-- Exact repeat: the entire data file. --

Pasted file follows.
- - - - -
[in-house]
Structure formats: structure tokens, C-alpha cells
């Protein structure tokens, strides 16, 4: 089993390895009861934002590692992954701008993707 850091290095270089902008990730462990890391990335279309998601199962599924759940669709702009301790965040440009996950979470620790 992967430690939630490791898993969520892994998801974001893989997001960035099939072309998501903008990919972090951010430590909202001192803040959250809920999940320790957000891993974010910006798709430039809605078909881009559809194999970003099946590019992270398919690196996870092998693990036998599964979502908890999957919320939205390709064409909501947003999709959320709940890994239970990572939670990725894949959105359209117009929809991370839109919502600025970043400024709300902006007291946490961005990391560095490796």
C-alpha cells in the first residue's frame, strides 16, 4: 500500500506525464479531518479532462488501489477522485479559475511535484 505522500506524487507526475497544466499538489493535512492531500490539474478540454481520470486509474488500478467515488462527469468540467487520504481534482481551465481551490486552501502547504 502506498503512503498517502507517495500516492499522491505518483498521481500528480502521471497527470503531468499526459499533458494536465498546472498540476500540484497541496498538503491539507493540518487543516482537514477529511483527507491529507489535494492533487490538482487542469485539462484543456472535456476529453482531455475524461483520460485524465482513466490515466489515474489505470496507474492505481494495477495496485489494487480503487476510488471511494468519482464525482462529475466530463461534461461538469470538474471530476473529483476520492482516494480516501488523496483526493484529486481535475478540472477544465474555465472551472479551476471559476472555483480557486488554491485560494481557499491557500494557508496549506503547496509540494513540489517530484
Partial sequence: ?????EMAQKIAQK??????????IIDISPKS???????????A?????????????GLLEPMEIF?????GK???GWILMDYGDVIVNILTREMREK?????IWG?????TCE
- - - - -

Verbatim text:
[in-house]
Structure formats: structure tokens, C-alpha cells
């Protein structure tokens, strides 16, 4: 089993390895009861934002590692992954701008993707 850091290095270089902008990730462990890391990335279309998601199962599924759940669709702009301790965040440009996950979470620790 992967430690939630490791898993969520892994998801974001893989997001960035099939072309998501903008990919972090951010430590909202001192803040959250809920999940320790957000891993974010910006798709430039809605078909881009559809194999970003099946590019992270398919690196996870092998693990036998599964979502908890999957919320939205390709064409909501947003999709959320709940890994239970990572939670990725894949959105359209117009929809991370839109919502600025970043400024709300902006007291946490961005990391560095490796």
C-alpha cells in the first residue's frame, strides 16, 4: 500500500506525464479531518479532462488501489477522485479559475511535484 505522500506524487507526475497544466499538489493535512492531500490539474478540454481520470486509474488500478467515488462527469468540467487520504481534482481551465481551490486552501502547504 502506498503512503498517502507517495500516492499522491505518483498521481500528480502521471497527470503531468499526459499533458494536465498546472498540476500540484497541496498538503491539507493540518487543516482537514477529511483527507491529507489535494492533487490538482487542469485539462484543456472535456476529453482531455475524461483520460485524465482513466490515466489515474489505470496507474492505481494495477495496485489494487480503487476510488471511494468519482464525482462529475466530463461534461461538469470538474471530476473529483476520492482516494480516501488523496483526493484529486481535475478540472477544465474555465472551472479551476471559476472555483480557486488554491485560494481557499491557500494557508496549506503547496509540494513540489517530484
Partial sequence: ?????EMAQKIAQK??????????IIDISPKS???????????A?????????????GLLEPMEIF?????GK???GWILMDYGDVIVNILTREMREK?????IWG?????TCE